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Paperback Conversations with Poppi about God: An Eight-Year-Old and Her Theologian Grandfather Trade Questions Book

ISBN: 1587432161

ISBN13: 9781587432163

Conversations with Poppi about God: An Eight-Year-Old and Her Theologian Grandfather Trade Questions

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Book Overview

Contains unscripted, spontaneous talks about everything from the meaning of the Trinity to what God looks like. This book reminds us that we have a lot to learn from theologians and from children. It is useful to parents, grandparents, pastors, teachers, and Christians looking for a refreshing perspective on the mysteries of Christianity.

Customer Reviews

4 ratings

But there is something here for all Christians --- or skeptics --- from adolescents to grandparents,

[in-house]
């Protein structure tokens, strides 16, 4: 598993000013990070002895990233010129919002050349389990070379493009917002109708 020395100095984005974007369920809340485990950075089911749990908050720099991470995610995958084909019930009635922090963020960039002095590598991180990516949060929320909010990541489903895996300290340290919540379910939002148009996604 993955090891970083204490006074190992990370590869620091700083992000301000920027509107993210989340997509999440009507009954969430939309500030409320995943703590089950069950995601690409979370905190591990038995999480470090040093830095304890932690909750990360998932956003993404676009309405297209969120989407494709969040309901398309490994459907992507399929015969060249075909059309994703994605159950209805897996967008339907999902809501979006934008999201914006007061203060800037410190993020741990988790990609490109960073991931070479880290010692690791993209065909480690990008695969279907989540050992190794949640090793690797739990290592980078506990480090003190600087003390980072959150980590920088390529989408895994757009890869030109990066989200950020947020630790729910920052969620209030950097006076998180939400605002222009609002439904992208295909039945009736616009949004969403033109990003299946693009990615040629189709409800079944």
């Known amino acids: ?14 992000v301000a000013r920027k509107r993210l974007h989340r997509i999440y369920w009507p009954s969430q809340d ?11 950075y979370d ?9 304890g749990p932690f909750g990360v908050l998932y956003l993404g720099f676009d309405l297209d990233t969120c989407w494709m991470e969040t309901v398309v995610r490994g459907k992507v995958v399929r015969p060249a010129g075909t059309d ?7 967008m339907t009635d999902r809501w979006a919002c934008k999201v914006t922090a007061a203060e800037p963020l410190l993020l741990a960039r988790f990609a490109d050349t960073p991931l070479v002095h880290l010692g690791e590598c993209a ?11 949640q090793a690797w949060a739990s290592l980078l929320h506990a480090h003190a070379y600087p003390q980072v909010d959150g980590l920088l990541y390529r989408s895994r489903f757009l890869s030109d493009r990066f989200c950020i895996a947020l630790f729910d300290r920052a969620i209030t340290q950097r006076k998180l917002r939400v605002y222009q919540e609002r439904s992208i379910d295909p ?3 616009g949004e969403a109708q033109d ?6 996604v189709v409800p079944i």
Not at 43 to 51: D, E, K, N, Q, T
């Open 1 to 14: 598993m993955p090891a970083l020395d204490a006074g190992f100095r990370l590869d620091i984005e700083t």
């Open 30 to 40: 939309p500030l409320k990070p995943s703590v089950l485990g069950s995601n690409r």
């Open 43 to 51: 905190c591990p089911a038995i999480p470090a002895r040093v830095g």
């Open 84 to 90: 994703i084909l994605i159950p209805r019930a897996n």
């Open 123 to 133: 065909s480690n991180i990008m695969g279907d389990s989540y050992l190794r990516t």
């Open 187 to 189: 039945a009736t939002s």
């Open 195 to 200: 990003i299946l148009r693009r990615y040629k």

What a good premise for a book: an eight-year-old precocious child carrying on a theological conversation with her 73-year-old grandfather --- not just any grandfather but a noted "Reverend Canon Professor..." who has edited a volume on Christian dogmatics. In an introduction, Solveig Lucia Gold explains her book's origin: "It all began on a dark, chilly night, sitting by the fireplace long after my bedtime at [my grandparents'] home in Princeton, New Jersey. I had a theological question to ask my grandfather (Poppi)... Poppi gave a lengthy reply that led me to ask him more theological questions." The next morning her grandmother suggested that further conversations be taped and transcribed "to turn them into a book." In a second introduction, Dr. Jenson explains that the conversations were "wholly unscripted" and edited ever-so-slightly. Topical subheads have been added (something less than chapter demarcations) to introduce conversational shifts. Occasionally the narration is so conversational that I had to read a sentence twice. But a heavier edit probably would have interfered with the spontaneous and playful tone of the mischievous child, who sometimes teases her grandfather and even brings up Dante and his view of purgatory (which Solveig's father has explained to her). After starting at the obvious place, a discussion of "the beginning" --- the Genesis creation story, the introduction of sin, the fall of Lucifer --- much of the book follows the whim of a child's curiosity. Christmas is approaching, and Santa Claus --- or the bishop St. Nicholas --- wanders in and out of the conversation, as does the mysterious role and work of the Holy Spirit, as does the first line of a Lenten hymn, about Jesus's temptation in the wilderness: "Forty days and forty nights..." And yet young Solveig isn't just running at the mouth. Here's her summary of the metaphysical discussion that starts with the question, "Could God make two and two equal five?": "Two plus two is four because God knows it, and he knows it because it is true... If God knows it is true because it is true, he knows that it is true because it is true. But he also knows that it is true because he knows it." Ultimately Solveig isn't in control of the conversation. Grandfather sometimes cuts in with an authoritative statement, based on the scriptural account or theological tradition. When Solveig proposes that "Jesus has his own thoughts, and God has his own thoughts. They don't think alike --- they do think alike. But Jesus could be watching over one continent, and God could be watching over..." Poppi cuts in with "No, no, no!" Eventually the book is less randomly structured than at the beginning. The conversation turns to the phrases of the Lord's Prayer and then the Nicene Creed, which Grandpa Jenson (a Lutheran) and Solveig (an Episcopalian) repeat as part of every Sunday service. A few conversational points --- about seasons of the church calendar, for example, or the wording o